Those corals grow quickly after disturbances but are very easily destroyed by storms, heatwaves and crown-of-thorns starfish. By increasing the dominance of those corals, the reef can become more vulnerable.

Colorful little fish swim among a variety of healthy-looking corals on the Great Barrier Reef.
Acropora corals have proliferated across much of the northern and central parts of the reef.(Supplied: Australian Institute of Marine Science)

It is a point acknowledged by Jodie Rummer, a marine biologist at James Cook University in Townsville.

“While it’s great to see increases in coral cover of a particular species, we can’t ignore that the diversity is really what we need to emphasise, and that’s going to be key to a healthy ecosystem over the longer term,” Professor Rummer said .

“While one species might be fast growing and repopulating very quickly, that also might be the most susceptible to some of the stressors that the Great Barrier Reef has faced over and over and over again over the past decade.”

Mike Emslie wearing an Australian Institute of Marine Science T-shirt, and smiling in a portrait taken near the ocean.
Mike Emslie says Acropora corals are vulnerable to wave damage and bleaching.(Supplied: Australian Institute of Marine Science/Marie Roman)

Senior research scientist Mike Emslie, who leads the AIMS Long Term-Monitoring Program, agreed the news was mixed when it came to acropora.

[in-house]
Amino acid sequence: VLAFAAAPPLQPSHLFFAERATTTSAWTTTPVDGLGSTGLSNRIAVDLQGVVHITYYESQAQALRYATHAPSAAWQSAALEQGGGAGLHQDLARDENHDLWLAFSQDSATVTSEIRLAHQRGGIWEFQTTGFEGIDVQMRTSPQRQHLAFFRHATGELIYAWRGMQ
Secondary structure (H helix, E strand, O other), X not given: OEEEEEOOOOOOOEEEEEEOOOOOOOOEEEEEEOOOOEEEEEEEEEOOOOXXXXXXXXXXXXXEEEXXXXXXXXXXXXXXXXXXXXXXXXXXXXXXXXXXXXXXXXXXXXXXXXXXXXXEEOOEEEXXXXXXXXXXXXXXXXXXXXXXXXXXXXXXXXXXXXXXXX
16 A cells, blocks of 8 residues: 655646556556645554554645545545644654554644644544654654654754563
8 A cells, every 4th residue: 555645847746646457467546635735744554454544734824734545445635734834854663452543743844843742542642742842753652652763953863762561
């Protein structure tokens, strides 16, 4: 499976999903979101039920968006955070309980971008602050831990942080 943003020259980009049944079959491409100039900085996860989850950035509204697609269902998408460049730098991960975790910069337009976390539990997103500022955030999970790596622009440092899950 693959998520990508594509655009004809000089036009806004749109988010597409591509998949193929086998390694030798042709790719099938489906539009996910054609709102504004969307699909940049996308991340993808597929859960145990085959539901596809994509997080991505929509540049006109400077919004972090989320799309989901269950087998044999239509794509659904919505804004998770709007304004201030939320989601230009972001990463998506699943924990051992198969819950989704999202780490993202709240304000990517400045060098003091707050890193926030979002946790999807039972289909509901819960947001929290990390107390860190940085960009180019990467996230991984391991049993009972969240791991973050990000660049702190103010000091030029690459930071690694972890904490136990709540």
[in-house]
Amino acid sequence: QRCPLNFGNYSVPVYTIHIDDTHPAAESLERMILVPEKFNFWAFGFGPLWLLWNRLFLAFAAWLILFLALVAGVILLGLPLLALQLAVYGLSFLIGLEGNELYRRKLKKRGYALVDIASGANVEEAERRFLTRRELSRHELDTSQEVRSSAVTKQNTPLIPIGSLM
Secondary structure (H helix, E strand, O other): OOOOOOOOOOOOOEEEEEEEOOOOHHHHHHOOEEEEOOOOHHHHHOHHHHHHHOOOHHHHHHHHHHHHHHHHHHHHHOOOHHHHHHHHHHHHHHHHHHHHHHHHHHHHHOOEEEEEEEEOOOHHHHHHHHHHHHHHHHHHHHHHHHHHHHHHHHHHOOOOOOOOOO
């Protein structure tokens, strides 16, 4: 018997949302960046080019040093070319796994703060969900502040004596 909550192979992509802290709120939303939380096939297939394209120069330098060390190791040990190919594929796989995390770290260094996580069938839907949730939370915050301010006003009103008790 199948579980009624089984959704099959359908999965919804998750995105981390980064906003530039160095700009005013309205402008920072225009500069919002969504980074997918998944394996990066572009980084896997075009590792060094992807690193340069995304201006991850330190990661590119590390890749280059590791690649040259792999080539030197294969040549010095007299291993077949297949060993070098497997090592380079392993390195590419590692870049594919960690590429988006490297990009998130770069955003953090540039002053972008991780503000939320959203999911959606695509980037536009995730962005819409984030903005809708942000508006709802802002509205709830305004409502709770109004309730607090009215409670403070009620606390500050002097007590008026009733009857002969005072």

“These corals are particularly vulnerable to wave damage, like that generated by strong winds and tropical cyclones,” Dr Emslie said.

“They are also highly susceptible to coral bleaching, when water temperatures reach elevated levels, and are the preferred prey for crown-of-thorns starfish.

“This means that large increases in hard coral cover can quickly be negated by disturbances on reefs where acropora corals predominate.”

Reef remains in danger from rising temperatures

Around the world, coral reefs face a grim future unless urgent action is taken to drastically halt man-made global warming.

In 2018, the United Nations released a report warning that coral reefs worldwide were projected to decline by up to 90 per cent even if warming was capped at 1.5 degrees Celsius.

On a shelf of coral, some corals are a stark white colour.
In February 2022, various types of corals experienced bleaching, pictured here in the central part of the reef.(Supplied: Australian Institute of Marine Science)

Great Barrier Reef campaigner with the Australian Marine Conservation Society Cherry Muddle said while the findings were promising, the reef remained in danger.

“The fact remains that unless fossil-fuel emissions are drastically cut, the reef remains in danger from rising temperatures and more mass bleaching events,” she said.

“In the wake of the State of the Environment report, which showed Australian inshore reefs were in a poor and deteriorating condition due to climate- and water-pollution pressures, it is more important than ever that we ensure urgent action is taken to address all threats to the reef.”